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French Immersion open house

Madame Finotti with her kindergarten French Immersion class at PES. - Brenda Gough Photo
Madame Finotti with her kindergarten French Immersion class at PES.
— image credit: Brenda Gough Photo

Supporters of French Immersion in School District 69 are touting the benefits of a bilingual education.

Parents of children who will be starting Kindergarten in September are invited to an information session on Feb. 8 explaining the advantages of French Immersion.

The local chapter of Canadian Parents for French is hoping to get the message out there that French Immersion programs are an asset to school districts in tough economic times.

Greer Cummings is the new Chair of the local chapter of Canadian Parents for French and is excited about her role.

She has two children in the French Immersion program at Parksville Elementary School and she wants to spread the word about the many benefits of learning a second language.

“CPF provides amazing resources for families and we want to raise the profile of CPF in this district.”

She said the erosion of school programs due to budget shortfalls is one of the many reasons why parents should consider French Immersion.

Cummings said French Immersion actually brings extra revenue to a school district. Beyond the per-student funding each child is allocated through the Ministry of Education, French Immersion students are granted extra funding through the federal government.

Cummings said she’s not surprised the number of students enrolled in French Immersion continues to grow in B.C. considering the many benefits.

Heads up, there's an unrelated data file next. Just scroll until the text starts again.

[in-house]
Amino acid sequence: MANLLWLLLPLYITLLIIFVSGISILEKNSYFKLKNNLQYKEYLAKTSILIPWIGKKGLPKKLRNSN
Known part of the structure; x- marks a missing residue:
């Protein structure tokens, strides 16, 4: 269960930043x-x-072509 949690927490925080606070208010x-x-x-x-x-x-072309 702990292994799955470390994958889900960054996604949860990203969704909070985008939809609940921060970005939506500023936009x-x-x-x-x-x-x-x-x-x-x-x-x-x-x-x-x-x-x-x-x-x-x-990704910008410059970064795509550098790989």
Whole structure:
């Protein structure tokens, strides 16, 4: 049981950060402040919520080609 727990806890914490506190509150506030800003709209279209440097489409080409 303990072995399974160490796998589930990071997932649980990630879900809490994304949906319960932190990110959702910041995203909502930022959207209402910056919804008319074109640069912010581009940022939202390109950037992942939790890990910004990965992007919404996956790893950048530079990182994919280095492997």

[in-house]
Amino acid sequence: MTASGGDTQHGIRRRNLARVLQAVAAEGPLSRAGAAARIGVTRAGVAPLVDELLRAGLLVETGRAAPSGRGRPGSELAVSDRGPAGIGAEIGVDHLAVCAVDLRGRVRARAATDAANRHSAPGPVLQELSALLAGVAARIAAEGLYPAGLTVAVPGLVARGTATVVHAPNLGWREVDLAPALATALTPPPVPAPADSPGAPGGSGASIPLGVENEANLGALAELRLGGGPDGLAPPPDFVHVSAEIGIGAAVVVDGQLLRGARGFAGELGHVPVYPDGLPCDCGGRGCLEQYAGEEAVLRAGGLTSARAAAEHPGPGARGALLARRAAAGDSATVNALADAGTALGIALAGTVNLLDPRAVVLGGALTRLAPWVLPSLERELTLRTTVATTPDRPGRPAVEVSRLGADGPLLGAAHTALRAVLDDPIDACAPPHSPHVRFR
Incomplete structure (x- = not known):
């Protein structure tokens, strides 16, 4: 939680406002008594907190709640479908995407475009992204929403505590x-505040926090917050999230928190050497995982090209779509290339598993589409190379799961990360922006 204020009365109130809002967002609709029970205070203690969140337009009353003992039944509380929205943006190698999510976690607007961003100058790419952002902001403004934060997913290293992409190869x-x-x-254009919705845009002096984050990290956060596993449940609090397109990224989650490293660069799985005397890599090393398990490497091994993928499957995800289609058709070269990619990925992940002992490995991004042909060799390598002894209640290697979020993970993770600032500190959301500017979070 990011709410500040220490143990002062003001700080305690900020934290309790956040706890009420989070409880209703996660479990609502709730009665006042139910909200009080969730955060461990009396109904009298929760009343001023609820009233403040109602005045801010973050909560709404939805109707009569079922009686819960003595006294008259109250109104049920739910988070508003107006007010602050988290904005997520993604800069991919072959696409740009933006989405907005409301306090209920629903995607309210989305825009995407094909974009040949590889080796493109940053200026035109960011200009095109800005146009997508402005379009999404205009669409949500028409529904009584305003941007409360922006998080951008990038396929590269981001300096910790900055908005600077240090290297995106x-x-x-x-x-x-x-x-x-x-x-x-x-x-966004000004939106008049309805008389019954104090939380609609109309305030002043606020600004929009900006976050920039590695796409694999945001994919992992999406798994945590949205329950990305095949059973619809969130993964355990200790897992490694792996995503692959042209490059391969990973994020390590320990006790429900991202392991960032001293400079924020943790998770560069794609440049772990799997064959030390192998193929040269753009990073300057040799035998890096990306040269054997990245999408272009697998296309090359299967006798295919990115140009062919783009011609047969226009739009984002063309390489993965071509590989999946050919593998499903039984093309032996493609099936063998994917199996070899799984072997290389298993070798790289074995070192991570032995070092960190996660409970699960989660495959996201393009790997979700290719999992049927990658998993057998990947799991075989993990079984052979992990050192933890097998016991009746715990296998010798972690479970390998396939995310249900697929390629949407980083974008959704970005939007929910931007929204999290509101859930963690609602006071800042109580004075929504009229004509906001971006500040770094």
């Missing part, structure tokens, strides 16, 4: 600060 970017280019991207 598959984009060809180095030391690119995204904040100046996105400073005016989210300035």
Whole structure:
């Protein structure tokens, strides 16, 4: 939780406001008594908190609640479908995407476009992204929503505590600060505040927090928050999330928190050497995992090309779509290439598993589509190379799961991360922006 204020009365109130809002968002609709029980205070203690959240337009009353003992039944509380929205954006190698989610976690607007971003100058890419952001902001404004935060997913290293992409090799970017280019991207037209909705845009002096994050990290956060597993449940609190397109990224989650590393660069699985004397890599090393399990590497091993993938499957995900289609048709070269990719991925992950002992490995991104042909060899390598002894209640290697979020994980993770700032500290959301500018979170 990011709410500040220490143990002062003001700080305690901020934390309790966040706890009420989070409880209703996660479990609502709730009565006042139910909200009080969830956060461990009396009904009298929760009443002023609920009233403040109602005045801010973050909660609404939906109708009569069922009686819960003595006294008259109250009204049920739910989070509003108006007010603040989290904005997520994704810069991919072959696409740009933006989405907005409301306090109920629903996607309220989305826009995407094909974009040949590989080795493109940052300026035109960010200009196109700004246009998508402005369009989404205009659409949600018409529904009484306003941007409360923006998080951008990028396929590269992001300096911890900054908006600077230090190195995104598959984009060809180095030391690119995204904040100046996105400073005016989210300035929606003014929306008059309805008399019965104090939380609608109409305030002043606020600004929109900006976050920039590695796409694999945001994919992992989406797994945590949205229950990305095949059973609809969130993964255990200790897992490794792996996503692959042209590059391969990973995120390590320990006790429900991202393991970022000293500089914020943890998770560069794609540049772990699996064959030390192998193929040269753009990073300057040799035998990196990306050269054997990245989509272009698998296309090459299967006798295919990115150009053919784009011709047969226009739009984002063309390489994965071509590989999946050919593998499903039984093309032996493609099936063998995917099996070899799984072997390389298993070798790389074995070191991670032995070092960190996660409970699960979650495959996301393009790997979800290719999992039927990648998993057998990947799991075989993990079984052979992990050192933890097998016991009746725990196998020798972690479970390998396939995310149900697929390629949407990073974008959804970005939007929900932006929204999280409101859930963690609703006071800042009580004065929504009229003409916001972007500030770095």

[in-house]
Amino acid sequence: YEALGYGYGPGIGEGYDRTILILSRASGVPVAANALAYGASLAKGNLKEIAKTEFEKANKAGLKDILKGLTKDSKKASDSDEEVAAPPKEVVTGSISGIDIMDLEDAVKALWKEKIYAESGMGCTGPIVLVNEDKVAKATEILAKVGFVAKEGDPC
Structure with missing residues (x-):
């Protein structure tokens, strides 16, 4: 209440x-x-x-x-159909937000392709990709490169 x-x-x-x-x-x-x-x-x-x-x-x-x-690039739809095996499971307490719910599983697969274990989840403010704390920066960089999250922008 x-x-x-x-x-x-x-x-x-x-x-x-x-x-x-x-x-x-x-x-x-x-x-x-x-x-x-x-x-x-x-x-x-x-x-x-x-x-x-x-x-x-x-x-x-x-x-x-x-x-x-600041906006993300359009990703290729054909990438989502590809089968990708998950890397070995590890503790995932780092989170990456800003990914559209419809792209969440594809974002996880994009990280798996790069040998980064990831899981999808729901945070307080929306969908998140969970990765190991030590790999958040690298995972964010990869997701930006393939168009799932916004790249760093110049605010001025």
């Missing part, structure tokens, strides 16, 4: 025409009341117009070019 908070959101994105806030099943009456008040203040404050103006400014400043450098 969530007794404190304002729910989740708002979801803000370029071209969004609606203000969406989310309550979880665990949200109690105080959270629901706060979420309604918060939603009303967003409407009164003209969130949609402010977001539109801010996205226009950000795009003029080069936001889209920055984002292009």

Parents wanting to immerse their children in French have prompted Lynn Moore to offer French classes at her Promises Pre-School located at Parksville Elementary School. She said students who learn French at an early age enjoy certain cognitive advantages.

“They are already doing head and shoulders knees and toes in French,” a delighted Moore said.

Proponents of the program believe that having another language, particularly in a bilingual country such as Canada, is very helpful to a child’s future career choices.

Cummings said parents who fear that their own lack of French skills may be an impediment or at least a frustration are encouraged to come out and talk to parents who have children in the program.

The reality is that most of the parents with kids in French Immersion don’t speak a lot of French but Cummings said CPF and other organizations are there to offer support to families.

PES Principal Mary Beil who will be at the meeting says some of their French Immersion students will be on hand demonstrate their advanced language skills.

“People can see for themselves the ability of our young students” said Beil.

The information session is on Feb. 8, from 6:30 — 7:30 p.m. at Parksville Elementary School.

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